Piet van Heerden (1917 – 1991)

Piet van Heerden was born on 19 October 1917 to South African missionaries in Malawi. In 1927 he was sent to boarding school in Wellington. Van Heerden continued his education at the Cradock High School where he started painting, and received his first formal art training from a Catholic nun.

The death of Hugo Naudé’s wife served as a catalyst for Piet van Heerden’s move to Worcester in 1939. He continued to study under Naudé for the following two years, until the death of Hugo Naudé in 1941. Naudé’s tutorage is evident in the landscapes, figures and portraits that Piet van Heerden painted.

He is frequently considered a typical exponent of ‘Cape Impressionism’. The Early Cape Impressionists drew their influences from European Impressionism and the works of artists such as Pieter Wenning, Hugo Naudé and Nita Spilhaus show their own personal styles adapted to South African conditions.

Van Heerden received popular support for his picturesque Boland landscapes, ranging from the Overberg wheat fields to the vineyards and farms around Paarl and Stellenbosch, and the Koue Bokkeveld near Ceres. He also enjoyed painting the semi-desert scenes of the Northern Cape and Southern Namibia, as well as Namaqualand during springtime.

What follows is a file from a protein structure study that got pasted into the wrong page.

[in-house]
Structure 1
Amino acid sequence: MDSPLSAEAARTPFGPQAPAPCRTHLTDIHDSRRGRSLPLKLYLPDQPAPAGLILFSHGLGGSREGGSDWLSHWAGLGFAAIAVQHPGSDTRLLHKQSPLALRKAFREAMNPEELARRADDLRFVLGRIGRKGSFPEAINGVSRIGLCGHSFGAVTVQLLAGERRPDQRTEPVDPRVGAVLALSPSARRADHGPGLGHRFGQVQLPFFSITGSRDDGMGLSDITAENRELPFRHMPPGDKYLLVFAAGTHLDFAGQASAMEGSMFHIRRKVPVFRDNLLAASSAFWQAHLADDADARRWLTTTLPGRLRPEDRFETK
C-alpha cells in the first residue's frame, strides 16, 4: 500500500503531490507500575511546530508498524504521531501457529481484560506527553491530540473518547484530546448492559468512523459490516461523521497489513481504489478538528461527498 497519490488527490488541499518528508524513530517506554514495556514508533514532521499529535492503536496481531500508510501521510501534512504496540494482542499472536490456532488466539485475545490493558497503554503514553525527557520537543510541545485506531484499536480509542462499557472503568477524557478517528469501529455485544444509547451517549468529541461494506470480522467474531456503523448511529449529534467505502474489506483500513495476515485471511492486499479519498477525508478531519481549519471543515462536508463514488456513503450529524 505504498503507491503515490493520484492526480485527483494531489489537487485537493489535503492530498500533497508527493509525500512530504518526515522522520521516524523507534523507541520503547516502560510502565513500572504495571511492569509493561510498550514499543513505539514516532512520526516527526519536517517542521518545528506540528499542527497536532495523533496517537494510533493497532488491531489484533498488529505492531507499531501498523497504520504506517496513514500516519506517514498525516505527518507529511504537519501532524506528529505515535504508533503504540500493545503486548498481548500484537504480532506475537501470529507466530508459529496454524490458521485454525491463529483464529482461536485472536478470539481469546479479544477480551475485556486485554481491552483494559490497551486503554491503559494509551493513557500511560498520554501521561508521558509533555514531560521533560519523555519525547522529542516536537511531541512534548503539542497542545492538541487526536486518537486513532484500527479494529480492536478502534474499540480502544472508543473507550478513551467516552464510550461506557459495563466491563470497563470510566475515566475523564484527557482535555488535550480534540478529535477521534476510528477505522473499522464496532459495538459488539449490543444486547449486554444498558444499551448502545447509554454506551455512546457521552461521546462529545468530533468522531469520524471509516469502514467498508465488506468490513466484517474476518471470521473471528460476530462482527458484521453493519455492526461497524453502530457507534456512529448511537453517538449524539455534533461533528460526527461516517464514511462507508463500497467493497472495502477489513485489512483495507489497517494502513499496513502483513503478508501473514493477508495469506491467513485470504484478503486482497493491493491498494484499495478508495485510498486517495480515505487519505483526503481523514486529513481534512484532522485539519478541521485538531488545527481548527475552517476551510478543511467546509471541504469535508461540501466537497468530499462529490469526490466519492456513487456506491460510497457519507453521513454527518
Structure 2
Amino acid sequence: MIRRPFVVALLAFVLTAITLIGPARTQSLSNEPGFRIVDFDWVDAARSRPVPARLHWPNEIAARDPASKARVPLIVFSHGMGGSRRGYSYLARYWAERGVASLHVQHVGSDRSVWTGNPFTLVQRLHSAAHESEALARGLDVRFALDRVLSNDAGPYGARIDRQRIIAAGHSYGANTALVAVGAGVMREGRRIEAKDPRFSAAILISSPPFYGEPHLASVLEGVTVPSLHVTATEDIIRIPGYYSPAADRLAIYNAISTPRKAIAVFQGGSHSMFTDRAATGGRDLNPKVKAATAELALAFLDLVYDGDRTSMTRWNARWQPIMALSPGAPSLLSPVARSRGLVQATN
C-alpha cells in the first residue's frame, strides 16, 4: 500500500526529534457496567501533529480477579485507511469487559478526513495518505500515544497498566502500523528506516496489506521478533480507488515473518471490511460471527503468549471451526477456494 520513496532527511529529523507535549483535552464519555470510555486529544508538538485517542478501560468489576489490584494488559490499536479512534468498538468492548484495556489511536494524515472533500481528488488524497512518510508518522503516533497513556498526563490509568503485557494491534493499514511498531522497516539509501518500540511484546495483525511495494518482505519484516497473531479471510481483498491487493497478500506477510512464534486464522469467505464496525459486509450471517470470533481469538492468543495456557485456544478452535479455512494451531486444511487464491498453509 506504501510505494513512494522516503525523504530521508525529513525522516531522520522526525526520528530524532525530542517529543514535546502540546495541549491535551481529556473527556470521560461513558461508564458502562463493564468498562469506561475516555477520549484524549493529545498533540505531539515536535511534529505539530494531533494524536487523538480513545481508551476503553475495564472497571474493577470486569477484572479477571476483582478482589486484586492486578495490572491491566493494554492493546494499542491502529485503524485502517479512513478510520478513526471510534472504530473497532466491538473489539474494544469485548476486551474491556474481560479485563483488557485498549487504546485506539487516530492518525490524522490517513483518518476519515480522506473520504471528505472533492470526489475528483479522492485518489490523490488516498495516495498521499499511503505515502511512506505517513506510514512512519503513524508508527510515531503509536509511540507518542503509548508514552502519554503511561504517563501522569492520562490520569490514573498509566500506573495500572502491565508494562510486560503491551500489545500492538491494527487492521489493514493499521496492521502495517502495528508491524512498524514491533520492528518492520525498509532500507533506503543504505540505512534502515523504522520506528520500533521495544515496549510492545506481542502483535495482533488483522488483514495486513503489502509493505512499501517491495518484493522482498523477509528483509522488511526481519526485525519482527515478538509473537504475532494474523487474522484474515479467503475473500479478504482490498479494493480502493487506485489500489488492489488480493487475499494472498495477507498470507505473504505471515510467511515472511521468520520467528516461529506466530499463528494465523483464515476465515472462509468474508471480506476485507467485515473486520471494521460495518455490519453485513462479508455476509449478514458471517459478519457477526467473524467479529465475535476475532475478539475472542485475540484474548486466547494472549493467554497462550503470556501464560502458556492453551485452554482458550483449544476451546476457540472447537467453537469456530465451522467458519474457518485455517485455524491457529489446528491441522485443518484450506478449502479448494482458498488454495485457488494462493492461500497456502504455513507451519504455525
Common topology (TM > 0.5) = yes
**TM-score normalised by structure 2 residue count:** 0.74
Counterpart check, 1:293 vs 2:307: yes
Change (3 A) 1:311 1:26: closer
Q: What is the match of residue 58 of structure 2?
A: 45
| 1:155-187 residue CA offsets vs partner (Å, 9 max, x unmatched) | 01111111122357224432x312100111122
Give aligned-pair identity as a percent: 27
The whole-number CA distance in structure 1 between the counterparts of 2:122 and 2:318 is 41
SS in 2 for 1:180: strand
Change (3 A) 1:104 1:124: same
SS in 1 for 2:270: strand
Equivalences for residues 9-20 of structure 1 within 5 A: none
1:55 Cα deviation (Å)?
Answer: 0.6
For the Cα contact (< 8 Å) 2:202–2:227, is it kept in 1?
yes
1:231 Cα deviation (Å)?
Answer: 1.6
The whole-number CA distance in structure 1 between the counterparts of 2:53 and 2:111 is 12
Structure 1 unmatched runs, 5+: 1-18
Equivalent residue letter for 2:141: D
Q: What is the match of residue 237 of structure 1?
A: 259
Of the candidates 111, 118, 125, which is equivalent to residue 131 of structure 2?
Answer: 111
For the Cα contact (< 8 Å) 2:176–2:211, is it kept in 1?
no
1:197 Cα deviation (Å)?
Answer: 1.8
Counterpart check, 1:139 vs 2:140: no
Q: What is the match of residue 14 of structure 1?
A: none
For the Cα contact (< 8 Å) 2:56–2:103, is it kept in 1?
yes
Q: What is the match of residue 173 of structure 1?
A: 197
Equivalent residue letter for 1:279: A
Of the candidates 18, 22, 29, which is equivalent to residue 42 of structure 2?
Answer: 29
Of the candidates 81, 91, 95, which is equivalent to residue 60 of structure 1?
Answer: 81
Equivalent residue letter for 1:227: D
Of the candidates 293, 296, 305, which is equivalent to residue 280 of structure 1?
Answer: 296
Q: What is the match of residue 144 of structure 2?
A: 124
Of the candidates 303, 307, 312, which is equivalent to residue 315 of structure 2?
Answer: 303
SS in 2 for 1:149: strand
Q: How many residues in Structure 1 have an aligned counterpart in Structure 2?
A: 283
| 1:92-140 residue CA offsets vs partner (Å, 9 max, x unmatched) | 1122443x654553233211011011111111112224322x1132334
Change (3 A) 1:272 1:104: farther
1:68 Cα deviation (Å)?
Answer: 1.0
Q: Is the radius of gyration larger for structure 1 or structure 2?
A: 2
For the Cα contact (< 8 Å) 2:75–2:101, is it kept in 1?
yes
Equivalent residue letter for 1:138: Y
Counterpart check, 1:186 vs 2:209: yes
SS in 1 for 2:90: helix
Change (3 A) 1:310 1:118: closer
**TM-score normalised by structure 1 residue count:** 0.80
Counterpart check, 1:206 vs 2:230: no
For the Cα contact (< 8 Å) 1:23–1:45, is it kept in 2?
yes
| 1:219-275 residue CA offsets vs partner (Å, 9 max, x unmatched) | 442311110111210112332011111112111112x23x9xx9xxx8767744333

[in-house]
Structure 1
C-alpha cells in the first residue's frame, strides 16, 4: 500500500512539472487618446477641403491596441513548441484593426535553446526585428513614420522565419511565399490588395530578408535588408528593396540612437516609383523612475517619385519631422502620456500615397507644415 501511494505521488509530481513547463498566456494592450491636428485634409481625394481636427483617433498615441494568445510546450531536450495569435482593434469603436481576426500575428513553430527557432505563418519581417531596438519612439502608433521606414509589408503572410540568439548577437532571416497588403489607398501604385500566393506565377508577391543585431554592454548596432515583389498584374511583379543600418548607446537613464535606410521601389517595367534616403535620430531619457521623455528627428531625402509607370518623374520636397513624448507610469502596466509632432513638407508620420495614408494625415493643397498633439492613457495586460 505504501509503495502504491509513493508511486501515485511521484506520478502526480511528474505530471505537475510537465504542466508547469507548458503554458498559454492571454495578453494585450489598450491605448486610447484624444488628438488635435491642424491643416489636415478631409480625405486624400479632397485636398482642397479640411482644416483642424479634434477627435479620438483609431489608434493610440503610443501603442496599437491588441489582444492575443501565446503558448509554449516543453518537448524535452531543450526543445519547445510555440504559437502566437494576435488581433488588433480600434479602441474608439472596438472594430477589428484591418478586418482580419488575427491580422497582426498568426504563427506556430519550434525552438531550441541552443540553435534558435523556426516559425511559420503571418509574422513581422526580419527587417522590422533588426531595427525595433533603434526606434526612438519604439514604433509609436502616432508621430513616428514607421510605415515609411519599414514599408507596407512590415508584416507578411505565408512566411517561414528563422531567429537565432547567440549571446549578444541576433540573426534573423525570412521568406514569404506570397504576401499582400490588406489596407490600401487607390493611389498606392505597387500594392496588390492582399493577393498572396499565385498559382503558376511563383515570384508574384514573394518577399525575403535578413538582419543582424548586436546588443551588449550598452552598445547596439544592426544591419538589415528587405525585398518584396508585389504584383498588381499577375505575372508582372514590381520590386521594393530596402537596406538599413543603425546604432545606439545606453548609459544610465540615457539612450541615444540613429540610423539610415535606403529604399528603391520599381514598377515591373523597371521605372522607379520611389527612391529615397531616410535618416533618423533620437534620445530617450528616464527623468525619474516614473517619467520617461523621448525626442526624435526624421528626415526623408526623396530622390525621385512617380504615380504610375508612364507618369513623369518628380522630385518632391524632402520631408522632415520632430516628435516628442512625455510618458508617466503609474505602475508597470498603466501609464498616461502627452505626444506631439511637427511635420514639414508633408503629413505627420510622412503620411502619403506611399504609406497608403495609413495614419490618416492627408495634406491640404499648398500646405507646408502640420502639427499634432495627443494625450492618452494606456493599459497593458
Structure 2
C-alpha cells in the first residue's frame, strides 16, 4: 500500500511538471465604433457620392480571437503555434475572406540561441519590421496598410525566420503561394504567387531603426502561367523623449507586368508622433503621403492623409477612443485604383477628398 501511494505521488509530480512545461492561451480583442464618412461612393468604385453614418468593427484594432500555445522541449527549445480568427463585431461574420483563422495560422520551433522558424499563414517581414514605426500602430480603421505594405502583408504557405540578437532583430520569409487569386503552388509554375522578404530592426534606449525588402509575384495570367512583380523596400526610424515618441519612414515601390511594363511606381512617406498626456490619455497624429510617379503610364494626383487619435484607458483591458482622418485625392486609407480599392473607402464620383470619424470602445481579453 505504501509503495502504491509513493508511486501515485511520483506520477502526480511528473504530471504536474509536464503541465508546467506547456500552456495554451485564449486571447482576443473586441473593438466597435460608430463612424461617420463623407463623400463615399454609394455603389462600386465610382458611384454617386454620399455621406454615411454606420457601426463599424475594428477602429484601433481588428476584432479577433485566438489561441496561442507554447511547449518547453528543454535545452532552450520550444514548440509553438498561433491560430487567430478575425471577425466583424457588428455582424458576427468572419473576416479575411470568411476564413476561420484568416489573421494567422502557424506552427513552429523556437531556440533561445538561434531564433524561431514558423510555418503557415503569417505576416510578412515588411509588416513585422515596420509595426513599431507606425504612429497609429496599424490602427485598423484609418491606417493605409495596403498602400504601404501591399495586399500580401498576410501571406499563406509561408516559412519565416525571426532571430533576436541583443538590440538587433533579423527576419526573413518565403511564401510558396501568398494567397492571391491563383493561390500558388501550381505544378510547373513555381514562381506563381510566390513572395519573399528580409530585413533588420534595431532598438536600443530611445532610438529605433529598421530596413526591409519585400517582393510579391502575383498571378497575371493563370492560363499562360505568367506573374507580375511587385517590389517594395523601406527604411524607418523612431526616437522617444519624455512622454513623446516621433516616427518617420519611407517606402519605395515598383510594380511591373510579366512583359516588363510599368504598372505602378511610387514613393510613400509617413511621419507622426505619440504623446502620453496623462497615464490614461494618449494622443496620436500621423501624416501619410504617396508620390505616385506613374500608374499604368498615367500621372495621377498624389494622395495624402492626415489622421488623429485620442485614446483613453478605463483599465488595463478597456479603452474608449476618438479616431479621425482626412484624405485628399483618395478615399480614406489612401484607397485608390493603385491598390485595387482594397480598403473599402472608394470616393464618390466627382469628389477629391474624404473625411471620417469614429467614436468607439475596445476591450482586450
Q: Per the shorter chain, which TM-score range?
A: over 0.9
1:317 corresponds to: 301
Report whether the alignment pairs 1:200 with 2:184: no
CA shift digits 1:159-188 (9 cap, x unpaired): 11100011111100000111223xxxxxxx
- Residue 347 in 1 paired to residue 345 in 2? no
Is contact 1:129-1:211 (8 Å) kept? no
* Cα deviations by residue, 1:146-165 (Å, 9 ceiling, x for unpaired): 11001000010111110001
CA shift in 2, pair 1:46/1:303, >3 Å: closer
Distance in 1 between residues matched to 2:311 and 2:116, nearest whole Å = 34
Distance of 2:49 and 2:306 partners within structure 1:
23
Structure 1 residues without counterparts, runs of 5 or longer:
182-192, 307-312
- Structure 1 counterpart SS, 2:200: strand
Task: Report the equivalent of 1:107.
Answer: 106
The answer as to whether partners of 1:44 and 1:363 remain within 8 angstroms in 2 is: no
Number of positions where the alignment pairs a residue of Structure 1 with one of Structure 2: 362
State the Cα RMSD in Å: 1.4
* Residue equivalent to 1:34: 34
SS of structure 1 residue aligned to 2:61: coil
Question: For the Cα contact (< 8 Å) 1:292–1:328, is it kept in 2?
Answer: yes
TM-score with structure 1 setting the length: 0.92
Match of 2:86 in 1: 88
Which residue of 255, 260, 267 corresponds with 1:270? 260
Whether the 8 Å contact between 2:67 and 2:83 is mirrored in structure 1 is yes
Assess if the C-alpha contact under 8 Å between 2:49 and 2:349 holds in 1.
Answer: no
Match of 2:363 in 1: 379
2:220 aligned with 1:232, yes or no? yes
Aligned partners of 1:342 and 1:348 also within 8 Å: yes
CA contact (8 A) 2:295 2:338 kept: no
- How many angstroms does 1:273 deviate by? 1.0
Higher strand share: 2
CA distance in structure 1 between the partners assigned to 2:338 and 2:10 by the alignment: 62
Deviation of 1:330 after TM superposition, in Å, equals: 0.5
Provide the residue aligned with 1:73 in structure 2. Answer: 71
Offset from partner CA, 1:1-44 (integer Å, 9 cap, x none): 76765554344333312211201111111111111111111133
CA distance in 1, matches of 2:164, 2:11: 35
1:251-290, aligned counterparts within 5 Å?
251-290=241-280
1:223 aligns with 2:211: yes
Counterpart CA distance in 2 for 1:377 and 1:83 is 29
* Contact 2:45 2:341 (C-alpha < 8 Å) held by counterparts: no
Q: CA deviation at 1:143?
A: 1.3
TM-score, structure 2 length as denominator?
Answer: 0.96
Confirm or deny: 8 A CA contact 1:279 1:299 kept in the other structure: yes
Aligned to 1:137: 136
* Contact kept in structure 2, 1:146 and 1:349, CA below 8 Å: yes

In 1944 he had his first solo exhibition in Cape Town, followed by a further 16 solo exhibitions which were held across South Africa during his lifetime. He also participated in numerous group exhibitions in South Africa from 1945 to 1990.

He took part in an exhibition of South African art at the Tate Gallery in London in 1948.

It was in 1952 that he began giving part-time classes at the Michaelis School of Fine Art. At this time he was also commissioned to paint a portrait of the Speaker of the House of Assembly, Mr JH Conradie.

He participated in the first Quadrennial Exhibition of South African Art in 1956.

Piet van Heerden died in 1991, at the age of 73. His ashes were buried near Kamieskroon in his beloved Namaqualand.

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